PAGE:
Maria-Thérèse Sommar, fotograf, frilansskribent och författare.
Ej körkortsfoto! Ej fotostudio.
No ID / passport photos. No studio.

Friday, September 5, 2008

Oh but it’s so DIFFICULT!

I’ve been pondering the subject of negative thinking. Pondering, not indulging in it myself. Is it just me, or is creativity often met in a negative way? That is, if you dare take your creativity to any kind of professional level and not just engage in it on your own, never showing your work to anyone?

Breathe one word about writing a book or selling your designs and you’re bound to hear dissuading voices telling you how horribly difficult it all will be.


But more importantly: So what?

When it comes to my starting a business, most people have no idea how much I’ve longed for challenges in my life. People ask what I’m doing at the moment, I reply, some are excited and others go straight into ”oh but that sounds so difficult” mode, as if expressing an instant opinion is even necessary. I replied to a question; I didn’t ask for advice.

Regardless of that, to me it seems naïve to be overly cautious, to simply assume that things will be difficult and – as a result – to never even try. One thing I’ve found is that if you do try and try again and learn and improve your skills you will, in fact, succeed.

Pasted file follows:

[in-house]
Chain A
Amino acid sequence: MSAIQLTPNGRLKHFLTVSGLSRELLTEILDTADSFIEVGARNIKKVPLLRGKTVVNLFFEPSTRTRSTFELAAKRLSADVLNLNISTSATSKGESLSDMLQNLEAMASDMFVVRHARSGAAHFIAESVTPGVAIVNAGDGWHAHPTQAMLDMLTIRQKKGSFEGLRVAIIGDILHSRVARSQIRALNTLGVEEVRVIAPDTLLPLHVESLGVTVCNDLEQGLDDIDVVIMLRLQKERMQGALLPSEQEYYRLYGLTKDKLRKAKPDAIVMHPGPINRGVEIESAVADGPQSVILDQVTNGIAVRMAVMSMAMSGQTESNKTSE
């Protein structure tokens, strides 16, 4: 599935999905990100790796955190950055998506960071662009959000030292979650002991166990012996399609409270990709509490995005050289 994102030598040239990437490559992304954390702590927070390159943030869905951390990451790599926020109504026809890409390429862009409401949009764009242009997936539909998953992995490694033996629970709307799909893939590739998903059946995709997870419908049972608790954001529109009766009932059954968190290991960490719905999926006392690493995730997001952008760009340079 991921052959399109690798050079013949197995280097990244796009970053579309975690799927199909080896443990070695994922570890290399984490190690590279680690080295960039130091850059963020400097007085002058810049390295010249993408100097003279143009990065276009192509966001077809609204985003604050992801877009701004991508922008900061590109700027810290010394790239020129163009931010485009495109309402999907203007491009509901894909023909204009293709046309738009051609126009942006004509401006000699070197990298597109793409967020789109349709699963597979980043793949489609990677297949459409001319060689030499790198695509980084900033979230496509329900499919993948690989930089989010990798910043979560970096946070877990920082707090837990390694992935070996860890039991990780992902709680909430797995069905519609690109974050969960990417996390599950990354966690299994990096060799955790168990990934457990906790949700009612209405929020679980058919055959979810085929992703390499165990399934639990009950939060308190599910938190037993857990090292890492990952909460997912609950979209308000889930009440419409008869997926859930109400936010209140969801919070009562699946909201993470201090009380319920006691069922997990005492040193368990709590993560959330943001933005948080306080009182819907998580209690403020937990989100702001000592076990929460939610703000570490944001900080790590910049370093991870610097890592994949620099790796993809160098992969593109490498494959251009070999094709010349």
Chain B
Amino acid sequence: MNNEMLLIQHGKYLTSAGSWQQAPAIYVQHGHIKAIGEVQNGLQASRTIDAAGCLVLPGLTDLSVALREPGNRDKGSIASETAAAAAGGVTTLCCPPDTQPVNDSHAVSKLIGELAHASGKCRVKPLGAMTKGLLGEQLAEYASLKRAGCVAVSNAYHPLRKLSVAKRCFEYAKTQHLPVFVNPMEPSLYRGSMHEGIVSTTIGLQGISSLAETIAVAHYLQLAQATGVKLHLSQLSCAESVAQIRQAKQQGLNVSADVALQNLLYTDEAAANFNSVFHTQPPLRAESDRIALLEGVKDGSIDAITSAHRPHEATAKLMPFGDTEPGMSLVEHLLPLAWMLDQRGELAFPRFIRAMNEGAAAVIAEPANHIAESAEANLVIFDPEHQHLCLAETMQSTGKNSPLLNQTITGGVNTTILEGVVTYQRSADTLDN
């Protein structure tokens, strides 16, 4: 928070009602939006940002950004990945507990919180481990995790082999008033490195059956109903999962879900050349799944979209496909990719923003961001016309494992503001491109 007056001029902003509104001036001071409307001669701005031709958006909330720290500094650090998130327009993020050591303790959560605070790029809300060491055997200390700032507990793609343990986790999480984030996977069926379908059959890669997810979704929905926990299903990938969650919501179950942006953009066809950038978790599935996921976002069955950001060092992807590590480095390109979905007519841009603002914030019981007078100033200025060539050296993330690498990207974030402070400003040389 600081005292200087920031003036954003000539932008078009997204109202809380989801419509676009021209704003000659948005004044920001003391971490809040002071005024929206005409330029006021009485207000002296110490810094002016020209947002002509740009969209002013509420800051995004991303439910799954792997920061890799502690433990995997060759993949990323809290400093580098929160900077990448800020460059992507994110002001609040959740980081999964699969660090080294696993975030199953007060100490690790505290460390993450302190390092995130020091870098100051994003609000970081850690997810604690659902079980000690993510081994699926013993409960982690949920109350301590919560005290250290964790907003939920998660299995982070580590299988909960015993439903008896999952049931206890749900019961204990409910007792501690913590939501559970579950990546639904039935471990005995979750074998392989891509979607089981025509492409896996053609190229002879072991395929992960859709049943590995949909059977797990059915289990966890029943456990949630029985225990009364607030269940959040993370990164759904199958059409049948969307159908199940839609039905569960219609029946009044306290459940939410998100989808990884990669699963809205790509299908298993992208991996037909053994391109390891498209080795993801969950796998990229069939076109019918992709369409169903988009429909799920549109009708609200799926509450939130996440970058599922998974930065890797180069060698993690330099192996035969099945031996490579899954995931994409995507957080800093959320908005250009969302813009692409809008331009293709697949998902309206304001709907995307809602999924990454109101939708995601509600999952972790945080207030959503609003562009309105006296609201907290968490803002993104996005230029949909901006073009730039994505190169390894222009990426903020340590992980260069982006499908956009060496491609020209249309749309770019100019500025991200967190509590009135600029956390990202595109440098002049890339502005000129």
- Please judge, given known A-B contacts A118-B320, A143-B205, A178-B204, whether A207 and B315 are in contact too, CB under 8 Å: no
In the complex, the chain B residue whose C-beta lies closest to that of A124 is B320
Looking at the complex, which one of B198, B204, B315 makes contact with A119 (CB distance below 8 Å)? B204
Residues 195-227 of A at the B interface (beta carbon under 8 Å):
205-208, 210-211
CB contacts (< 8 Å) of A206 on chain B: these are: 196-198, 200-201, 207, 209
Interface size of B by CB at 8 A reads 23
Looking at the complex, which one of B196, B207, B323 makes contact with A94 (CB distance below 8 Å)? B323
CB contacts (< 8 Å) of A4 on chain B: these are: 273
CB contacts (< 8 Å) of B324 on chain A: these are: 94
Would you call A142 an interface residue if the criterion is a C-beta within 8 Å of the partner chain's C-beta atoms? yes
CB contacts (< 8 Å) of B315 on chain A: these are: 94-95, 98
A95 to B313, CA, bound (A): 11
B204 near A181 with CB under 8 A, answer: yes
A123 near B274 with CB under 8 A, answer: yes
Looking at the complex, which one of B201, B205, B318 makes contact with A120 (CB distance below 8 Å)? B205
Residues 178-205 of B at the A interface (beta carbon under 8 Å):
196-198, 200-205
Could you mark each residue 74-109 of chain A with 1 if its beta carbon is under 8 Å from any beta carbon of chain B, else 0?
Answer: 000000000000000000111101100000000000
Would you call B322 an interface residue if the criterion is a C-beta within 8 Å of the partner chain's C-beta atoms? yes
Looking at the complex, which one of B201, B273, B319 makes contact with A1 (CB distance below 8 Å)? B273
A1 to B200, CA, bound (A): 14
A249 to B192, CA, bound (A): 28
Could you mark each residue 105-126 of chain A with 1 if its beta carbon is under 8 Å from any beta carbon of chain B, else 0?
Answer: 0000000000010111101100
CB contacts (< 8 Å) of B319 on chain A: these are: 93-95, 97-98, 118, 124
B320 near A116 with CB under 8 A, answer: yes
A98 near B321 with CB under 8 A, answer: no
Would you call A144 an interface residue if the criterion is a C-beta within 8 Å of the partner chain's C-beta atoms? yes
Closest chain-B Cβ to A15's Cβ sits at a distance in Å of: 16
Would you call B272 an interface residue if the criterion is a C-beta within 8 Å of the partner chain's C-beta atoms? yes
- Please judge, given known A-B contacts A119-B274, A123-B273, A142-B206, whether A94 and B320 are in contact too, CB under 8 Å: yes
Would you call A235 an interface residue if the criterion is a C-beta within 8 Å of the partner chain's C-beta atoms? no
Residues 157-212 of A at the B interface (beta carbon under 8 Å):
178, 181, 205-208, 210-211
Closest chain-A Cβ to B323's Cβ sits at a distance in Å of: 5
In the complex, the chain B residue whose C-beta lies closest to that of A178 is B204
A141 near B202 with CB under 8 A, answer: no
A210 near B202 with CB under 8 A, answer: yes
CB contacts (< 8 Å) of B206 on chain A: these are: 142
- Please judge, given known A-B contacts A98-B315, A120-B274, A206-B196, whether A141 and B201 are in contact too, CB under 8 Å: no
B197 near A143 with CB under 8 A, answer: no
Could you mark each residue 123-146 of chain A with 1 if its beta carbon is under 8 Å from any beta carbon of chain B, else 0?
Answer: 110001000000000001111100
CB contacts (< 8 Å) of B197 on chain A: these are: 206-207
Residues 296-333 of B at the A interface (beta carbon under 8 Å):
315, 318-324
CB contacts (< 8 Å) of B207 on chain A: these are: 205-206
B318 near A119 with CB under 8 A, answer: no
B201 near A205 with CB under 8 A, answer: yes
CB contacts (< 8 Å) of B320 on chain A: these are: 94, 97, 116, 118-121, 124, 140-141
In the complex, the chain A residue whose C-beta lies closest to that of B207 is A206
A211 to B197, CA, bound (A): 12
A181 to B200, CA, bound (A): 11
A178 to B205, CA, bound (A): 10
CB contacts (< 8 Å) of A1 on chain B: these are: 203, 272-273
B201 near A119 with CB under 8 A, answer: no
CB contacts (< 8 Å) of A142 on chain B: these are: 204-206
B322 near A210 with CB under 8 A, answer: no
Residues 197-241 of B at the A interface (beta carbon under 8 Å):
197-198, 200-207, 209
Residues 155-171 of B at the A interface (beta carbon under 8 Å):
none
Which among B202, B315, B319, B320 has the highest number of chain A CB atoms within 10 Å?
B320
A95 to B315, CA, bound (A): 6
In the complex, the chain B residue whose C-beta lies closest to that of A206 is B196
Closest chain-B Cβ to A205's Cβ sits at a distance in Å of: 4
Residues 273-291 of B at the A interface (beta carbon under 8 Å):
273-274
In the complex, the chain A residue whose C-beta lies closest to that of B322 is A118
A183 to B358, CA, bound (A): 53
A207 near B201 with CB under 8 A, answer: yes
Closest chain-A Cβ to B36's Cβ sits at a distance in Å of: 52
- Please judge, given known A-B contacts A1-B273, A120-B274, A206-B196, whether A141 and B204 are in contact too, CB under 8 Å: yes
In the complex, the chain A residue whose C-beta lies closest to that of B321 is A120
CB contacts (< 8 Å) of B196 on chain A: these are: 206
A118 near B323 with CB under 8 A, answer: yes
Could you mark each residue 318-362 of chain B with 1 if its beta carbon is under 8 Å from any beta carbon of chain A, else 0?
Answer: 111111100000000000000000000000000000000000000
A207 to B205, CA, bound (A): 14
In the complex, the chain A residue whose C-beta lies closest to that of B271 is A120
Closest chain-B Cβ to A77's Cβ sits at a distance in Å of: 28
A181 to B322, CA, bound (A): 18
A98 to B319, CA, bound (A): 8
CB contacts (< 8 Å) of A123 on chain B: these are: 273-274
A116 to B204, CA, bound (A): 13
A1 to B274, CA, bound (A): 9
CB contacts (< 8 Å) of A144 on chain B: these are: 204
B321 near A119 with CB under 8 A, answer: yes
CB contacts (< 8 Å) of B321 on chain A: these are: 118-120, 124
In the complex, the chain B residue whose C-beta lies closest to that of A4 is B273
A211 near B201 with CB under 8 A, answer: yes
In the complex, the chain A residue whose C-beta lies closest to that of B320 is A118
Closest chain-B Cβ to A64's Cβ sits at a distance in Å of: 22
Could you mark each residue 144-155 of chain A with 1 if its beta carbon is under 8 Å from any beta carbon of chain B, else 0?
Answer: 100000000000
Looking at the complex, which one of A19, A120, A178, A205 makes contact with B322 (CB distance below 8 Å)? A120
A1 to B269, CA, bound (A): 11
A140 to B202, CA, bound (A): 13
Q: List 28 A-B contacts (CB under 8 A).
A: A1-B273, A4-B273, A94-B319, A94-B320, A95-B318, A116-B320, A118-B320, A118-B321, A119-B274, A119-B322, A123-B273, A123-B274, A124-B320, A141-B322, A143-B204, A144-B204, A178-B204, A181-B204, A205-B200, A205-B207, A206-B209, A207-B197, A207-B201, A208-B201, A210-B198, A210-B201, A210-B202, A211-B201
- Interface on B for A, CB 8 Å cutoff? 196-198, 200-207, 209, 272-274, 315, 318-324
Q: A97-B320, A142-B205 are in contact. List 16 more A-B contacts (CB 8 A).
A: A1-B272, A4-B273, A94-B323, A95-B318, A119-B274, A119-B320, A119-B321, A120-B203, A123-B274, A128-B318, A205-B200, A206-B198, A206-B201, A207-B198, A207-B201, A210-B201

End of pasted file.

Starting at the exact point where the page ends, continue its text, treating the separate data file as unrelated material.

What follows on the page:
I’ve been wondering where all this comes from, the instant negativity I sometimes see in other people. Is it fear? Concern? Jealousy? The result of being unsatisfied with something about their own lives? Does ”work” have to imply boredom and necessity whereas enjoyable activities should be done in one’s spare time? I simply do not get it. Then again I’ve always enjoyed working.

If people didn’t follow their dreams there would be no books, no music, barely any clothes to wear, no airplanes or cars or medicine or the Sistine Chapel or pianos or cameras or songs. Singing is a job, too. Writing is a job, too.

Dreams are not to be taken lightly. To me, dreams are the foundation of reality.

I can’t even count the goals I’ve already dreamed up for myself – and achieved. My education, all my travels, my writing a letter at the age of 12 to a world-famous singer and guess what - we became friends. For every negative thought I run across I become even more Mary-Poppins-Peter-Pan-think-happy-thoughts unbearably positively convinced.

Perhaps I’m the one who’s wrong; perhaps there is something missing in me?
An impossibility gene?
If so, I am very, very grateful to have such a flaw.
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